For same-sex couples, this was not the “year of the you.”
This year, I was excited to file a joint return for state and federal taxes for the first time. It might not seem as romantic as a lot of other firsts for newlyweds, but I was eager to reap some of the rewards that folks who have been allowed to get hitched for a while now have been enjoying.
So I happily signed on to Turbo Tax back in February (I’m a nerd like that), filled with a feeling of gratitude for all those who have worked to achieve this step toward equal treatment. I thought of Edith Windsor in particular and silently thanked the brave plaintiff whose fight resulted in DOMA being struck down in June.
I had barely assembled my W-2s and 1099-HC forms, though, when a question stopped me in my tracks.
Turbo Tax asked if I was married and gave me the following options to describe my status as of December 31, 2013: “single,” “married,” “in a same-sex marriage,” “divorced,” “legally separated,” “widowed” or in a different type of legally recognized relationship.
“Married” vs. “In a same-sex marriage” — can someone please explain to me why a married, same-sex couple can’t just be “married?” Why do some marriages need to be qualified and explained?
I posted a screencap of the question on my Facebook page and told friends: “This is why we refused to use Turbo Tax (and why everyone else might want to do the same).”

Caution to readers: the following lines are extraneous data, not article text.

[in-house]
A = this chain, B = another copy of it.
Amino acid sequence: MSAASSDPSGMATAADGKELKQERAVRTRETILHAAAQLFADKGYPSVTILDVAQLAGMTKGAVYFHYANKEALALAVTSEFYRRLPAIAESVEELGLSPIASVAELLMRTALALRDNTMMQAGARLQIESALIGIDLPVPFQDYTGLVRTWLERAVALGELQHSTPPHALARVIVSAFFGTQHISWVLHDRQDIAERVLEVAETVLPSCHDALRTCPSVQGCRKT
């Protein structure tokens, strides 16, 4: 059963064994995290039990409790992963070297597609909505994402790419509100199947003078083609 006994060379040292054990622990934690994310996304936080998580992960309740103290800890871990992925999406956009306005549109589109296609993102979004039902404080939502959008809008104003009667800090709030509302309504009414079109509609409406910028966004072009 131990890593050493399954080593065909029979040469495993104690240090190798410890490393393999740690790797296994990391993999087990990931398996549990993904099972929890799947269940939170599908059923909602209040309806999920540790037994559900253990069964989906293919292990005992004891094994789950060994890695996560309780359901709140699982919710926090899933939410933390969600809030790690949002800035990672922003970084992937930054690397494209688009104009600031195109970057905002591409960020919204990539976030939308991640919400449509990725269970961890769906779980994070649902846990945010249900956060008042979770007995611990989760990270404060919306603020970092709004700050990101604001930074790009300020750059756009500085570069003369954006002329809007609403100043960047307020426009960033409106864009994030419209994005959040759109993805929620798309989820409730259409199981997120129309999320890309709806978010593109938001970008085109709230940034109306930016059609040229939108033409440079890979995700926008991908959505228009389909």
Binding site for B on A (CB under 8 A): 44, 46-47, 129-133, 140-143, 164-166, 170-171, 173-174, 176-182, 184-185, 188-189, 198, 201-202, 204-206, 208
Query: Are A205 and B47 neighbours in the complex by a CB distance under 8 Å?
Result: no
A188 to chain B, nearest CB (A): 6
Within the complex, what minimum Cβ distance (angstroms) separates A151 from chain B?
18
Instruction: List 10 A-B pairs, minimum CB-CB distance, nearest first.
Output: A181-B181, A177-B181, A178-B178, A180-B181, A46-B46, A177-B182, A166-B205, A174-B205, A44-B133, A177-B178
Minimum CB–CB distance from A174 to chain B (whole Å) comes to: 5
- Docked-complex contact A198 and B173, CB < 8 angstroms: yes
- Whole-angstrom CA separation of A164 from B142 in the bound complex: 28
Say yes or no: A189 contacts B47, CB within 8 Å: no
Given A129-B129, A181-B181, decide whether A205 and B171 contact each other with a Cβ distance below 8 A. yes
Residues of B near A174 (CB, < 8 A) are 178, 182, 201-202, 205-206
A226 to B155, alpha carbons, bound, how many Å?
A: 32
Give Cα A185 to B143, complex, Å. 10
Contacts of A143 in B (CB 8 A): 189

Of course, friends rushed to point out that not everyone is as lucky as we are to live in a state with marriage equality. True, but isn’t the whole point of using a tax preparation program to customize the process based on the taxpayers’ information? I can assure you that we had already indicated what state we live in, so why would Turbo Tax not know that not only has DOMA been struck down federally, but marriage equality has been a reality here for a decade?
The company told us in their lovely ads this year that this was “The Year of the You.” They explained, “That’s what taxes are: a recap. The story of your year. That’s why we make the tools we make. That’s why we do everything we do. Because we think you should be the one to tell that story.”
Well, I gotta tell you that the story of my year is not about being same-sex married. I don’t have an album of my same-sex wedding. Okay, I don’t have an album at all yet. (It’s been a busy 18 months.)
But I’m married. Period. And if businesses want my money, they really have to stop qualifying, parenthesizing or otherwise putting an asterisk next to words like that just because lesbians and gay men get to use them now, too. They cannot expect to keep getting people to pay for the experience of being put down and made less than.
I would say that I hate to complain about something that might seem to others to be a minor, inconsequential linguistic slight, but actually, to be honest, I love talking about language and trying to get people to be more aware of heterosexist language and heteronormative practices, linguistic and otherwise, that are around us everywhere all the time. I would be happy, however, to have fewer and fewer examples to cite.
In the end, we filed with another company, and we used the free e-filing option for Massachusetts state taxes. And we ended up with a refund, too, that I’m pretty sure we would not have received filing separately.
This article was originally featured on the Huffington Post and reposted with permission. Holly R. Cashman is an Associate Professor of Spanish linguistics at the University of New Hampshire in the Department of Languages, Literatures, and Cultures. She can be reached through Twitter at @hrcash or at hollyrcashman.blogspot.com.
Illustration by Jason Reed
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